Silhouetted pump jack in the oil field at sunset

January 11, 2023

WASHINGTON – Today, more than 300 community groups sent a letter to the Interior Department outlining nine concrete steps it has authority to take to bring public lands and waters management in line with climate science and the president’s own climate promises.

The letter comes on the heels of a recent lease sale in Alaska’s Cook Inlet, the first held by the Interior Department since passage of the Inflation Reduction Act (IRA), which reinstated several oil and gas lease sales.

The administration is currently weighing whether to approve more oil and gas projects, such as Willow and Peregrine in the Arctic. Additional lease sales both onshore and offshore are slated for later this year, including two in the Gulf of Mexico in September.

“As cities across our nation and across the globe are experiencing the adverse and worsening effects of climate change and sea rise, our leaders have the opportunity to make the right decision in our best interest,” said Sonia Ahkivgak, Social Outreach Coordinator for Sovereign Iñupiat for a Living Arctic. “Continuing to extract fossil fuels will only dig us a deeper grave and make it harder for our future generations to right our wrongs. For the sake of the climate, our economy, nature, and humanity, stop all fossil fuel extractions and declare a climate emergency.”

Although President Biden initially pledged to ban oil and gas leasing on public lands and waters, he issued drilling permits at a rate faster than Trump during his first year in office. He then went on to hold new oil and gas lease sales on public lands and waters, including Lease Sale 257 in the Gulf of Mexico, the largest in U.S. history, which was later vacated after a lawsuit filed by environmental groups.

“Biden’s aggressive pro-drilling policies are a disastrous failure of climate leadership and make a mockery of his campaign promises,” said Taylor McKinnon with the Center for Biological Diversity. “Climate science demands immediate executive action phasing out federal oil, gas, and coal production. Biden’s grandchildren are depending on him to walk his talk.”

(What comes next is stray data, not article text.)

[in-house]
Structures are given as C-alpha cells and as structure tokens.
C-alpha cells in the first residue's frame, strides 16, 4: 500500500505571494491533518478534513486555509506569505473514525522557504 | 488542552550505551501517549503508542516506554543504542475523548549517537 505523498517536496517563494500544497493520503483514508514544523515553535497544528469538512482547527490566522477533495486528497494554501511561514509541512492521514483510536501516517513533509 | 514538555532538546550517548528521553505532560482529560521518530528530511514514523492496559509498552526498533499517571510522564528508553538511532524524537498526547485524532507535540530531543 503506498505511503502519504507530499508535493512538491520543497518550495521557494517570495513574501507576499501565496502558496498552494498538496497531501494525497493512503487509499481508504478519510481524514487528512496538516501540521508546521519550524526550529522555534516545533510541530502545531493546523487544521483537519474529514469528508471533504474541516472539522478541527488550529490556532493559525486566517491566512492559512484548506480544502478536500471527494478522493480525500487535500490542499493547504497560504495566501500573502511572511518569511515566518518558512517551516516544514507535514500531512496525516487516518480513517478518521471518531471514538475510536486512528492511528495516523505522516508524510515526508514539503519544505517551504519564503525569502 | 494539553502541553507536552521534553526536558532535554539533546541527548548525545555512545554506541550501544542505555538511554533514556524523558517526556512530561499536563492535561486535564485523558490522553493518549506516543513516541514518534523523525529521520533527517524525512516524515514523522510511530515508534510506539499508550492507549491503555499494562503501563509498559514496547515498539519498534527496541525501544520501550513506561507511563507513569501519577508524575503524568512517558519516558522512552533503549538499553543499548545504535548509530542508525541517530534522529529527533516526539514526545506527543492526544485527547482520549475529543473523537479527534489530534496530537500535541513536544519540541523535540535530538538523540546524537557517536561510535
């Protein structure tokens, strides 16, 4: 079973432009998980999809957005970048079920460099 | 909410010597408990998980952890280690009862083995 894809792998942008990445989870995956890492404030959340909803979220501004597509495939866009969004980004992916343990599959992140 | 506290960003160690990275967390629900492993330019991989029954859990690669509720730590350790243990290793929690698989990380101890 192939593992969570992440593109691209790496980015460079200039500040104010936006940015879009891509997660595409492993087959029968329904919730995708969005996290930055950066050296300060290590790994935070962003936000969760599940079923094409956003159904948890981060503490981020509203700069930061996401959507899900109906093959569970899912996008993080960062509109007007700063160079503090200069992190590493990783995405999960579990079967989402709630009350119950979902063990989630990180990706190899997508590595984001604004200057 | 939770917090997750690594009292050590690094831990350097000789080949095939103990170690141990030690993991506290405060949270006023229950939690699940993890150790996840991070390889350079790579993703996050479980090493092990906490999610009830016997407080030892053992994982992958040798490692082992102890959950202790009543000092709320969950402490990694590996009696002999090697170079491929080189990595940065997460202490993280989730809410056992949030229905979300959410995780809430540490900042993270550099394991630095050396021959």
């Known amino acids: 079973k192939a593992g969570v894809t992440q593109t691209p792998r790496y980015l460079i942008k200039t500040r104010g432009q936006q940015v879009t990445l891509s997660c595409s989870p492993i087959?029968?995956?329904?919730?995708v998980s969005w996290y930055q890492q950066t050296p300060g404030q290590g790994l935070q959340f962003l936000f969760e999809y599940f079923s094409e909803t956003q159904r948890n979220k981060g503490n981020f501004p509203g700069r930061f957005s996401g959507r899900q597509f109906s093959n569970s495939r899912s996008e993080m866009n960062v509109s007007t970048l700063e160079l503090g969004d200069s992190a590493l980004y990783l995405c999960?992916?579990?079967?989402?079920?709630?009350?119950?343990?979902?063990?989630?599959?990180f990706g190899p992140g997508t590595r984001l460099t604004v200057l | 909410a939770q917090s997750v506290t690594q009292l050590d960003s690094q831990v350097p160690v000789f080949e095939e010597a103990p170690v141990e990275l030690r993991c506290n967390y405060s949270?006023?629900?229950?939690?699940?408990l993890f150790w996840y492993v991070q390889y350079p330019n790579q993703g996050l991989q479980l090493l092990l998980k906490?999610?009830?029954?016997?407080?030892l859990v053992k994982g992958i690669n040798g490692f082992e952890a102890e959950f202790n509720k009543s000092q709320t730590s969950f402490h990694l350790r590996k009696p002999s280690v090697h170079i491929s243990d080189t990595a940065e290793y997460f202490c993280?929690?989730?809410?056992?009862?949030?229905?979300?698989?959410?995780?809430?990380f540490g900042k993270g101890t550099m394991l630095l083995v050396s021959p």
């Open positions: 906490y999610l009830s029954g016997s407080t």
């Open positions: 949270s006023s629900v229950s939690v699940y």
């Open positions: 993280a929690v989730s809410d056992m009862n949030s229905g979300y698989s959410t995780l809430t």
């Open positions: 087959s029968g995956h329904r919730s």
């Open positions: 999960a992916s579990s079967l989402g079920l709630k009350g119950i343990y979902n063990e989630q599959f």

View the letter HERE.

Groups call on the Department of the Interior to take the following actions: 

  1. Phase out oil and gas production on public lands and waters to near zero by 2035 
  2. Defend and strengthen the National Environmental Policy Act (NEPA) 
  3. Establish guardrails on the leasing program to protect the climate, public lands, oceans and communities 
  4. Issue a five-year plan with no new leases 
  5. Stop authorizing new exploration, development and drilling permits in the Gulf of Mexico and Alaska until there is a proper analysis of climate damage 
  6. Stop issuing new permits to drill on public lands until there is a proper analysis of climate damage and a climate screen 
  7. Manage public lands for climate solutions 
  8. Halt climate-destroying projects in the Arctic (ex: Willow, Peregrine) 
  9. Protect climate and communities from near-term offshore lease sales (ex: Cook Inlet, Gulf of Mexico).

“The climate crisis demands action commensurate with the magnitude and urgency of the problem, and the Biden administration continues to think we can drill our way to a solution,” said Kyle Tisdel, Climate & Energy Program director at the Western Environmental Law Center. “Not only is this approach detached from reality, it continues to sacrifice frontline and Tribal communities that have already endured generations of exploitation from the extraction of federal oil and gas resources. It’s time to stand up to the oil barons and usher in a just transition to a clean energy future.” 

“By re-starting aggressive oil and gas leasing of our public lands and waters, the Biden administration has chosen to put at additional risk the overburdened Colorado River water supply system, which supports 1 in 10 Americans, seven states, two nations, and thirty Native American tribes,” said Marc Yaggi, CEO of Waterkeeper Alliance. “Continued fossil fuel extraction, and the inevitable impacts to our climate, rivers, and communities, directly contradict U.S. climate pledges and push us in the wrong direction.”

“Big Oil has made enormous profits from drilling on public lands and waters. All taxpayers have received in return is continued damage to the climate, and with no meaningful relief from high gasoline prices. Meanwhile, fossil fuel giants are actively pushing up home heating costs by building huge pipelines and export terminals to export methane gas from the U.S. and sell it abroad,” said Lisa Gilbert, executive vice president of Public Citizen. “The Interior Department has the power to rein in Big Oil’s harmful exploitation of lands and waters owned by the American people. It must act quickly to protect the planet and not fossil fuel corporation profits.”

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